Here’s an alarming statistic to be aware of if you’re planning a merger or acquisition (M&A) in a new market, especially if it’s overseas, the failure rate is between 70% and 90%.
Companies spend more than $2 trillion on acquisitions every year, yet the M&A failure rate is extremely high.
It’s quite a shocking number when you think about it. Even more so when you consider that even if an M&A does go through, most businesses could still lose millions in a deal’s value because they fail to conduct proper due diligence before the deal is closed. While most companies conduct legal and financial due diligence they often fail to conduct due diligence on the people behind the target company, they often have little to no on-the-ground business intelligence on the company to be acquired, and even less information regarding political and economic conditions in the region the company is either based in or has key operations in.
So ask yourself… Do you have a full understanding of the potential geopolitical and economic risks involved in your merger or acquisition? Do you have a plan to navigate these risks when they inevitably occur?
If not and your company is preparing to merge or acquire another business, you need to do your due diligence on the other company. Has anyone performed enhanced due diligence on the executive team of your new company besides cursory background checks? Are there sanctions on the vendors or subcontractors the company uses in different countries? Is there any hidden information that could seriously jeopardize the outcome of your proposed business transaction?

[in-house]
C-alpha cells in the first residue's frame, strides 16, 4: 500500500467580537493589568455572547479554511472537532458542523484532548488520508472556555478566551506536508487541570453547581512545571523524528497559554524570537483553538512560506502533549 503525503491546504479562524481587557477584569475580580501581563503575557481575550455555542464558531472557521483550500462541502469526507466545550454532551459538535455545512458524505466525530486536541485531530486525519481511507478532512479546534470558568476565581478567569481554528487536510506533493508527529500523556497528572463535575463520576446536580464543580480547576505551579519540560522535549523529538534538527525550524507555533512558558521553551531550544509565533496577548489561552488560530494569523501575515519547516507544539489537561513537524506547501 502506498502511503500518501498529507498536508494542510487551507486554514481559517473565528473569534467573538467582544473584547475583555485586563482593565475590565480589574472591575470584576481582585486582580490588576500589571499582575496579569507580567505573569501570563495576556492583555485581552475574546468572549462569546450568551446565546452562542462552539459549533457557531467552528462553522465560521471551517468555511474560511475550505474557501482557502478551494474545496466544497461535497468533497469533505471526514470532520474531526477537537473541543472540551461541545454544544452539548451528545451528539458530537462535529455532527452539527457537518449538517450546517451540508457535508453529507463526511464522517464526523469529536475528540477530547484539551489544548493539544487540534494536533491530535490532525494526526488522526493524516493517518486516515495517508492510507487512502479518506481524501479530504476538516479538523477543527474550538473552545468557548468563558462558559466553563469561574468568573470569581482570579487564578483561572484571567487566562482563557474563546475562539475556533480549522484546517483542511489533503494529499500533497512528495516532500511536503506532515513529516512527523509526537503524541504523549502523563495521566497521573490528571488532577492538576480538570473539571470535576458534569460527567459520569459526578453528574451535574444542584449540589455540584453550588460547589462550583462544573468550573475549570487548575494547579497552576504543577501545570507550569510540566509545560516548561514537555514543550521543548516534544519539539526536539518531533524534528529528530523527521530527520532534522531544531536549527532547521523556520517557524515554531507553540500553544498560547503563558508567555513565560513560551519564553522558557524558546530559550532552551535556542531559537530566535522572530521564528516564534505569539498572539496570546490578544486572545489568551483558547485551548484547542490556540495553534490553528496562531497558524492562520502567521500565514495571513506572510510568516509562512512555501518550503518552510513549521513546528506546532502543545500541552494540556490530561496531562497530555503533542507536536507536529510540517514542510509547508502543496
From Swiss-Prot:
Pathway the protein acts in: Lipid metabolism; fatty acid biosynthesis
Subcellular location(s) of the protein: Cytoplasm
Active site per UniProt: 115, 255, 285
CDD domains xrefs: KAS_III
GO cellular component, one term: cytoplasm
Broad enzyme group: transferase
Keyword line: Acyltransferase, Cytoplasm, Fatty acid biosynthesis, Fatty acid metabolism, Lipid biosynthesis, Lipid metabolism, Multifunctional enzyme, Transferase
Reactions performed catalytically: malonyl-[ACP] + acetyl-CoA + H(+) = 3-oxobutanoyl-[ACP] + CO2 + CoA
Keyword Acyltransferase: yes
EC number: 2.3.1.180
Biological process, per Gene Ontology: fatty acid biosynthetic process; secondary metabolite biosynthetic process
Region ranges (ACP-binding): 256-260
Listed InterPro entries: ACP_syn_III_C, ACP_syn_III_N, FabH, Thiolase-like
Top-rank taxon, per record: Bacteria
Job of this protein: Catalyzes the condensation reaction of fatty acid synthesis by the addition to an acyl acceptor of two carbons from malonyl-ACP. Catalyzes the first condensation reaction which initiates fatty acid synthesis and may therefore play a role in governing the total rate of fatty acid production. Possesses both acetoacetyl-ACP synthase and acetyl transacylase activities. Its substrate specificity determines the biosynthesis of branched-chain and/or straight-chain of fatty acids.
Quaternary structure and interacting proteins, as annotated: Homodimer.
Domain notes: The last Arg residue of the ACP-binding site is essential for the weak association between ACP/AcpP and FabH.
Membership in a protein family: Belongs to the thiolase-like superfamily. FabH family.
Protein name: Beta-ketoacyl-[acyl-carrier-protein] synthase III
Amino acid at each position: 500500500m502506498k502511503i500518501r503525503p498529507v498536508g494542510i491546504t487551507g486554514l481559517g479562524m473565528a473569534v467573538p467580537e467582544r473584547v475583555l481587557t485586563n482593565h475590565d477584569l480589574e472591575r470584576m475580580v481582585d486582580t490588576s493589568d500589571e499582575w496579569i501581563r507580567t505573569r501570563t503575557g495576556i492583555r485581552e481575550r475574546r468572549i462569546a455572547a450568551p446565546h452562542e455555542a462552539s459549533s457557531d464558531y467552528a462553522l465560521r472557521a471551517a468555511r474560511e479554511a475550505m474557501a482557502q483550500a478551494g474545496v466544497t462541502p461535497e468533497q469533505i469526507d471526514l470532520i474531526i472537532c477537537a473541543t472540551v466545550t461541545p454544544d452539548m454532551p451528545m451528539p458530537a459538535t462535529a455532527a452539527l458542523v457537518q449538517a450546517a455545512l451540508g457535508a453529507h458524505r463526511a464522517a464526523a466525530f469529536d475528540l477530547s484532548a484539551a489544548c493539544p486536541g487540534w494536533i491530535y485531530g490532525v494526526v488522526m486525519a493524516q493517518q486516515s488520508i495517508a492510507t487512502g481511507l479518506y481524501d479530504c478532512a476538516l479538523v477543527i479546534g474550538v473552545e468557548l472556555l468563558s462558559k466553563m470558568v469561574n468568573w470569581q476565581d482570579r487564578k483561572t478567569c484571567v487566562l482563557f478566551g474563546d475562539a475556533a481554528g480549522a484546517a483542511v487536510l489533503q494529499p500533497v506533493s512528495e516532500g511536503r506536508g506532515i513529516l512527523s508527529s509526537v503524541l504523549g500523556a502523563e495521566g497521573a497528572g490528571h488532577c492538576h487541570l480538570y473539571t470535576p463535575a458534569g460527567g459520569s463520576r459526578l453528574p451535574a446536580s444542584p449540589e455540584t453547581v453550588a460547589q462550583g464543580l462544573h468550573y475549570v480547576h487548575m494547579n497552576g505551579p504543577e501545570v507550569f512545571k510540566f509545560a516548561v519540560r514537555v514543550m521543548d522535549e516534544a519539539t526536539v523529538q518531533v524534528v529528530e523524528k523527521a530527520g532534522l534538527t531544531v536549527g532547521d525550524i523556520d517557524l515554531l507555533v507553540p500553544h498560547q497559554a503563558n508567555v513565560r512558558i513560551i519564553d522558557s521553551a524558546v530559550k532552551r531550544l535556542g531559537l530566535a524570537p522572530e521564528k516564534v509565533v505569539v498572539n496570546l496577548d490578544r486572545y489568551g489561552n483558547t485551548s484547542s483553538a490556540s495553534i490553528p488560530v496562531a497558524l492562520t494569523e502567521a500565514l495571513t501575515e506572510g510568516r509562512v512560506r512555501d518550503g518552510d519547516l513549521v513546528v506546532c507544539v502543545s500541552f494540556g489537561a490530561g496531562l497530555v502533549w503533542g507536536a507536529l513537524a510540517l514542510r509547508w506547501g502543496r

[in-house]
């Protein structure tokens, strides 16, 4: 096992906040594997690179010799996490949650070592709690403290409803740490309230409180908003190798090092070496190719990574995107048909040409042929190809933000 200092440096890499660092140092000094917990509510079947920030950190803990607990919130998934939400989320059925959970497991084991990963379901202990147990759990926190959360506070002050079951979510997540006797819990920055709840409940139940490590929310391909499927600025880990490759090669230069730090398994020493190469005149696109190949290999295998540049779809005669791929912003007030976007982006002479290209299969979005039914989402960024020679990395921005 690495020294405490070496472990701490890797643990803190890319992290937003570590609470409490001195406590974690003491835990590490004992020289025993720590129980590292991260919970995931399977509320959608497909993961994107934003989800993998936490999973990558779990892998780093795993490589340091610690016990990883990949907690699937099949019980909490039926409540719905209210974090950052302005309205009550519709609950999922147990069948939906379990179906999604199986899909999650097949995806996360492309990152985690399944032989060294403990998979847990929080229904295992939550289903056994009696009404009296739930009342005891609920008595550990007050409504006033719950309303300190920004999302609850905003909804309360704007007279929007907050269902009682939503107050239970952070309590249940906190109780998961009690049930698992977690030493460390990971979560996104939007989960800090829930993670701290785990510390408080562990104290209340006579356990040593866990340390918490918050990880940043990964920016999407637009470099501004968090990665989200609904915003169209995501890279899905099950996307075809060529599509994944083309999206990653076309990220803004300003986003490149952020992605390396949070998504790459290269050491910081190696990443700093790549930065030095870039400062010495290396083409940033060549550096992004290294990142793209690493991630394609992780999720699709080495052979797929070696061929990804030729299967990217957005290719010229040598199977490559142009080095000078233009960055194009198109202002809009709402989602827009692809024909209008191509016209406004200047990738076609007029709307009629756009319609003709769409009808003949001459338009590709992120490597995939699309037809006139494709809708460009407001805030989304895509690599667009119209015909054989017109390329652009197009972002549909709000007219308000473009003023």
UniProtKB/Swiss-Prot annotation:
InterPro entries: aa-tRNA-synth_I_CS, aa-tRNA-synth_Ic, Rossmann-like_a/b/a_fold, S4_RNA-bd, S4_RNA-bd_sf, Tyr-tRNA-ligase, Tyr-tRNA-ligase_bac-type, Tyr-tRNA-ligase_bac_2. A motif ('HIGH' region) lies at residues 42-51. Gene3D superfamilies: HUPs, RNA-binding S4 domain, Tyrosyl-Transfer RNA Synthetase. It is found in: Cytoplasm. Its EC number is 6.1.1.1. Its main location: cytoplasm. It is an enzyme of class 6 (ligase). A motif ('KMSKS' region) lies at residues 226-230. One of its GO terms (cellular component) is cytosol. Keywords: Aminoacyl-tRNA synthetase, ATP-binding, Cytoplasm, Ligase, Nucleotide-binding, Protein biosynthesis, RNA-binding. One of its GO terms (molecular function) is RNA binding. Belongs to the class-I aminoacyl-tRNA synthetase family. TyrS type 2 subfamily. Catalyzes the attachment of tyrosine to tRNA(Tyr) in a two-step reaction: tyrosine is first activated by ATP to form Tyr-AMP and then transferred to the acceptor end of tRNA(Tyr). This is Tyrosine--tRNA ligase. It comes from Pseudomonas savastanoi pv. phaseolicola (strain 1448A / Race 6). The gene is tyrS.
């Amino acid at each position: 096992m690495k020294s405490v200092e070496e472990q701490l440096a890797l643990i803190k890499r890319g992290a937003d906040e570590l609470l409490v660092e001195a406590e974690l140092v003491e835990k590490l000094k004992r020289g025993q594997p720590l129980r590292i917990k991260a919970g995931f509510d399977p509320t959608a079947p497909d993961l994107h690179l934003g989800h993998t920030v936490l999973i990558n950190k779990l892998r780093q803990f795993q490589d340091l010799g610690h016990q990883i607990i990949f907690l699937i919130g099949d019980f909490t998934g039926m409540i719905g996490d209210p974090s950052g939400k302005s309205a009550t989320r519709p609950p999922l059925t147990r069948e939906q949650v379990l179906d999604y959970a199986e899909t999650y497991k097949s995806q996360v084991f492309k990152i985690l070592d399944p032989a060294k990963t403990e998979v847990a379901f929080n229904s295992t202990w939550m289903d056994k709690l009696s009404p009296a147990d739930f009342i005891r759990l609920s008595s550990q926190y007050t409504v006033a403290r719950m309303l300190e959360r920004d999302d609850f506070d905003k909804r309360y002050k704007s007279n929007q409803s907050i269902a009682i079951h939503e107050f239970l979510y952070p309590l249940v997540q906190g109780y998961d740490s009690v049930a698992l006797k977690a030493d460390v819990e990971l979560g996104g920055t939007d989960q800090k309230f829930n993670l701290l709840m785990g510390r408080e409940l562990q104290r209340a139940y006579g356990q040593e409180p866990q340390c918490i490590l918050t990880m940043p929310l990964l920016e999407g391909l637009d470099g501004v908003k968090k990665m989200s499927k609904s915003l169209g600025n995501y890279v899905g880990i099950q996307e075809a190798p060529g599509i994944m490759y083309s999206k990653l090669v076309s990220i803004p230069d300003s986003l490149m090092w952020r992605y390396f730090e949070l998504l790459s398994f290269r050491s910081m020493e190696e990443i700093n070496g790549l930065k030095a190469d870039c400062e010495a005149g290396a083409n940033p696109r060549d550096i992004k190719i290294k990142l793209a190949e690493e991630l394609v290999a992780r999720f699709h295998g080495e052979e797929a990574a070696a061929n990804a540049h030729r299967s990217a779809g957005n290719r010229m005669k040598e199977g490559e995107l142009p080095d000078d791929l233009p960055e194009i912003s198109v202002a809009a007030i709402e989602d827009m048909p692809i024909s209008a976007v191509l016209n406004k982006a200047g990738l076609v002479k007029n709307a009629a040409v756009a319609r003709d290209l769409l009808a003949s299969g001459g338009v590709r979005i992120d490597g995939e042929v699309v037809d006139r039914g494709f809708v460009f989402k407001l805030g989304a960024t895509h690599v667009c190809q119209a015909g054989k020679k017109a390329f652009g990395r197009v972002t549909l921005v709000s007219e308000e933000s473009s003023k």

You need to be able to answer all of these questions and more before you go through with any purchase or merger. Otherwise you risk irreparably damaging your own brand’s reputation if you acquire a company that has a history of illegal activities such as fraud or bribery.
If you buy a company and only find out later that they’re embattled in lawsuits or government inquiries, you can end up spending millions more on your M&A deal. Or you might find out they have not properly disclosed everything about their financials and are trying to hide significant losses or payments to less than reputable vendors or business partners. The same goes for the vendors and subsidiaries the company works with, who could also be operating legally or may not have disclosed everything.
It’s vital that you know exactly what risks you’re assuming by completing your M&A deal. Infortal can help you learn who you’re really acquiring or merging with by conducting business intelligence and doing deep dive due diligence into the executives, so you can better understand the current and future landscape as well as the history of the business you’re joining or buying. That way you’ll be going into the deal with your eyes open.